• HIV CARE TODAY|
New at TheBody.com: Resource Center on Keeping Up With Your Meds
Even in an era of expanding once-daily treatment options, many HIV-infected patients struggle with adherence. Non-adherence remains the most common cause of antiretroviral resistance; addressing its causes and helping patients overcome obstacles to adherence is a critical component of successful patient care. TheBody.com's newly launched resource center provides patients with invaluable advice and information aimed at helping them maximize their adherence.
A "Gut Feeling" Emerges in HIV
"The effects of HIV and HAART on gut health was highlighted recently at the 13th International Workshop on Adverse Drug Reactions and Co-Morbidities in HIV in Rome, Italy," Nelson Vergel, B.S.Ch.E., M.B.A., writes. In this blog entry, he recaps two key presentations, one by Collin Ellis of the University of California-Davis and one by Michael Dube, M.D., of the University of Southern California's Keck School of Medicine.
"Novel" Approaches to Initial HIV Therapy
"It's been several years since the 'preferred' or 'recommended' initial regimens for HIV treatment have been consolidated" into four tenofovir/emtricitabine (Truvada)-based combinations, Paul Sax, M.D., writes. "Now along come two interesting papers testing alternative initial treatment strategies. Both have quite interesting results that definitely got my attention when presented earlier this year at major meetings, small size of the studies notwithstanding."
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• HIV NEWS & VIEWS
Southern U.S. Tour Addresses Toll of AIDS on Black Women
"We're here to say it's up to us .... We know that with HIV/AIDS there is no cure, but it can be prevented," says C. Virginia Fields, president and CEO of the National Black Leadership Commission on AIDS (NBLCA). The organization kicked off its tour in Baton Rouge, focusing on HIV awareness among black women by using the personal stories of women living with HIV/AIDS to educate and empower.
National Debt "Super Committee" Republicans Could Jeopardize AIDS Programs
"[The U.S.] Congress has just finalized the roster for the super committee -- the group of lawmakers charged with charting much of the country's fiscal future -- meaning it's time to examine how the committee's decisions could shape AIDS programs in the U.S.," Julie Turkewitz of Housing Works writes. At first look, she finds that examination yields causes for concern.
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• HIV/STD TRANSMISSION & TESTING
Addressing the Gaping Hole in HIV Prevention: A Plea for Public Health Action
"The CDC has yet again released a report highlighting the growing HIV disparity in young, black men who have sex with men," Lisa Fitzpatrick, M.D., M.P.H., writes. "Unless we are content to continue applying cosmetics to conceal this gaping public health wound, we must confront the issues that have long been ignored and stop the bleeding."
If HIV Testing Technology Has Changed, Why Haven't HIV Testing Guidelines?
"The United States Public Health Service HIV-testing-algorithm guidelines have not changed substantially since they were first devised in the late 1980s, even though new and improved diagnostic-testing technologies have been developed and are currently in widespread use," Bob Frascino, M.D., writes. The reason, he explains, lies partly with the infamously cloudy "window period."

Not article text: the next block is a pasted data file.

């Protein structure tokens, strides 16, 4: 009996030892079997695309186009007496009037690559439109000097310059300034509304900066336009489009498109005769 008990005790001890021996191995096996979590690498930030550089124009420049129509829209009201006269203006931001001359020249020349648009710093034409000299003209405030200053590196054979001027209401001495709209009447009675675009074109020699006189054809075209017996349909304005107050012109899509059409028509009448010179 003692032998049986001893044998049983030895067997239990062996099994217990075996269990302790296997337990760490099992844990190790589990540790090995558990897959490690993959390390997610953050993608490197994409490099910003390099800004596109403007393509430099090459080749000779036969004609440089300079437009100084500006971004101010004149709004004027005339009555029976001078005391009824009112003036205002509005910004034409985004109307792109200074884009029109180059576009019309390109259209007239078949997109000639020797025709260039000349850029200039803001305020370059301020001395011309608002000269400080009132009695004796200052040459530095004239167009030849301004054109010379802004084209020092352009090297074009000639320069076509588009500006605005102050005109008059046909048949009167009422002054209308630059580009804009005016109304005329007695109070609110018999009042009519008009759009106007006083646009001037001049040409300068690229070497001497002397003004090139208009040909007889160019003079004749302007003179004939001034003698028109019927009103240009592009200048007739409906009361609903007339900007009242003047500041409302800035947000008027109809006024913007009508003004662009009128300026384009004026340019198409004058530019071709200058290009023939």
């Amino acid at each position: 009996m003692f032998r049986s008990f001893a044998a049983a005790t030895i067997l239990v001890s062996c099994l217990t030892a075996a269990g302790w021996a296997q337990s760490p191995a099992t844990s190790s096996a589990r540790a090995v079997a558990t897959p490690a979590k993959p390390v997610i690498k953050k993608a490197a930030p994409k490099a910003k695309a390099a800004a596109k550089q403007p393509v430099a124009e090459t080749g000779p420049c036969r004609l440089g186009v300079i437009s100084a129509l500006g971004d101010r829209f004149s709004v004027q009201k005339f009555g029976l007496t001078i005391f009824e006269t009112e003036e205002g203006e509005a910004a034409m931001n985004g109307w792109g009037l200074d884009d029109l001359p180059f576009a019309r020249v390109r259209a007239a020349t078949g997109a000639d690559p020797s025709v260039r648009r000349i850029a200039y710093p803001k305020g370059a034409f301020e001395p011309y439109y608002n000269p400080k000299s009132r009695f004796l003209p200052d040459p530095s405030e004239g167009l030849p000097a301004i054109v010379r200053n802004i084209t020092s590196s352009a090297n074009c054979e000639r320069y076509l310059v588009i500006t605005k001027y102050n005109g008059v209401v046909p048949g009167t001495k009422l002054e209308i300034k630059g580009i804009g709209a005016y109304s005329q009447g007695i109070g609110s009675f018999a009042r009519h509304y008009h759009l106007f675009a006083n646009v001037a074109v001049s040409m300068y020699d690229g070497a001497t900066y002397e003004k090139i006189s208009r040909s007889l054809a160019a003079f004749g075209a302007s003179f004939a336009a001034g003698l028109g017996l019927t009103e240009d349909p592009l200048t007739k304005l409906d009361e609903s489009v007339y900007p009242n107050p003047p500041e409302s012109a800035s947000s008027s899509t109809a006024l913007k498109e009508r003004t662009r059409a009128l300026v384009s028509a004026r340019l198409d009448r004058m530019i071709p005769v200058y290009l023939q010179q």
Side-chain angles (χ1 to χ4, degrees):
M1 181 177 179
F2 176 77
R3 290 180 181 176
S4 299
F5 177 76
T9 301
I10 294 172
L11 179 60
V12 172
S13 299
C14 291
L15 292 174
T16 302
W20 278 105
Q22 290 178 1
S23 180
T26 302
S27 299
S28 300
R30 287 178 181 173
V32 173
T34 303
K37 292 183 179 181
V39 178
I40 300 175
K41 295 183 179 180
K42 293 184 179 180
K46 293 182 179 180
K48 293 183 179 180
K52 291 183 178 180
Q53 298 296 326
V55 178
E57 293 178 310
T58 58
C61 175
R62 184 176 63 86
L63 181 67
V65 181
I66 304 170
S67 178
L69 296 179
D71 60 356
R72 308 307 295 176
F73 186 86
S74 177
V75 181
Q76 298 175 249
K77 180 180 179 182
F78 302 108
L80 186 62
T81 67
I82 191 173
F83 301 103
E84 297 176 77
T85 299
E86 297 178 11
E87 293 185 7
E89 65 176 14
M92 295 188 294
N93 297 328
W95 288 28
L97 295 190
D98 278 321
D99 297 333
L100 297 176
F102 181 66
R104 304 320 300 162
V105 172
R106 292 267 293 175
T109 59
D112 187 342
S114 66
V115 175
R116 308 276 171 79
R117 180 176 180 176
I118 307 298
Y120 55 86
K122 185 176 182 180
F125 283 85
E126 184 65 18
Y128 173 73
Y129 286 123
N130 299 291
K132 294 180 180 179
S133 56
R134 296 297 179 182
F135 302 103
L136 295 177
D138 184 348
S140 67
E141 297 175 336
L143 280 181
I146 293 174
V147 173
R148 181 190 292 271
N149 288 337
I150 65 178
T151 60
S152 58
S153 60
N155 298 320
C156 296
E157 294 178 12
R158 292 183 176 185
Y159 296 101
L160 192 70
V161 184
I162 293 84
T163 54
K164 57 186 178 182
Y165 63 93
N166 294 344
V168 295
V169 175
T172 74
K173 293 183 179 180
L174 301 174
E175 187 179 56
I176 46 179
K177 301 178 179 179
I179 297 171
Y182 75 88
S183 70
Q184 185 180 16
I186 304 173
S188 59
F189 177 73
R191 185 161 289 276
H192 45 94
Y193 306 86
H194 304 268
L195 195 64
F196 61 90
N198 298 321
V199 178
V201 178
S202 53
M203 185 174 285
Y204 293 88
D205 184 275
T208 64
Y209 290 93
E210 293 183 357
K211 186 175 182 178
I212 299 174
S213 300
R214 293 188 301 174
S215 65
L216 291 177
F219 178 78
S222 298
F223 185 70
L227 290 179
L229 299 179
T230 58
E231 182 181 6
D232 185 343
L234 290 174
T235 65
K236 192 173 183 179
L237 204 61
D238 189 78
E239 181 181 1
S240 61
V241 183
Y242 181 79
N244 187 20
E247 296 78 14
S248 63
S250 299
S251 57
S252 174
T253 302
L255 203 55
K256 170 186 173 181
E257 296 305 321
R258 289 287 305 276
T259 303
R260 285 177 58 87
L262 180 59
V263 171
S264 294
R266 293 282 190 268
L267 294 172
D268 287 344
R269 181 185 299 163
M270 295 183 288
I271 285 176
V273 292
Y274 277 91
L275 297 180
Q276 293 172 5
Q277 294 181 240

Dr. Ronald Valdiserri Highlights From the U.S. National HIV Prevention Conference
More than 3,000 attendees gathered in Atlanta for an annual HIV prevention conference hosted by the U.S. Centers for Disease Control and Prevention. As Ronald Valdiserri, M.D., M.P.H., explains, the first day of the conference was headlined by discussions about the first year of the National HIV/AIDS Strategy and the rising rates of HIV among young black men who have sex with men.
For more highlights from the U.S. National HIV Prevention Conference, read Valdisseri's recaps of day two, day three and day four.
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• THE PATIENT PERSPECTIVE: FEATURED ON THEBODY.COM
Mark S. King: 7 Ways to Save Money on Your HIV Meds
"With all the doctor appointments and wellness activities we engage in, living with HIV/AIDS can be a full-time job. And the truth is, it doesn't pay very well," Mark S. King says. "We've all been feeling the pinch of tough economic times. So I hope you'll find some savings in this new video."
Is Your HIV Treatment Working? Warning Signs and False Alarms
The first few months after starting HIV treatment are pivotal in determining whether a patient's first HAART regimen will be successful. Yet if one is brand-new to HIV/AIDS treatment, how can they know what success is? This article will help patients tell the difference between a warning sign that their regimen might not be right for them and a normal signal that his/her body is still adjusting to medications.
Adjusting to Life on HIV Treatment: Tips From Experts
We asked a range of knowledgeable HIV physicians, nurses, and other HIV care providers to answer this question: "What key piece of advice do you have for HIV-positive people who have just started treatment and are adjusting to life on HIV meds?"
Jessie Irene Snyder: Beneath an Angel's Wings (Part One)
How much can a person endure and keep on not only living, but holding onto her will to dream? Jessie Snyder of Nashville recounts a journey beset with overlapping challenges: teen parenthood, poverty, family tragedies, navigating social services and battling addiction, all while living with HIV/AIDS in the early years of the epidemic. In part one of a two-part piece, Jessie shares her struggles as a poz teen mom in the '80s and '90s.
In part two, Jessie loses her mom and daughter, plunges deeply into drug use and finds herself balancing on the knife's edge of succumbing to hopelessness.
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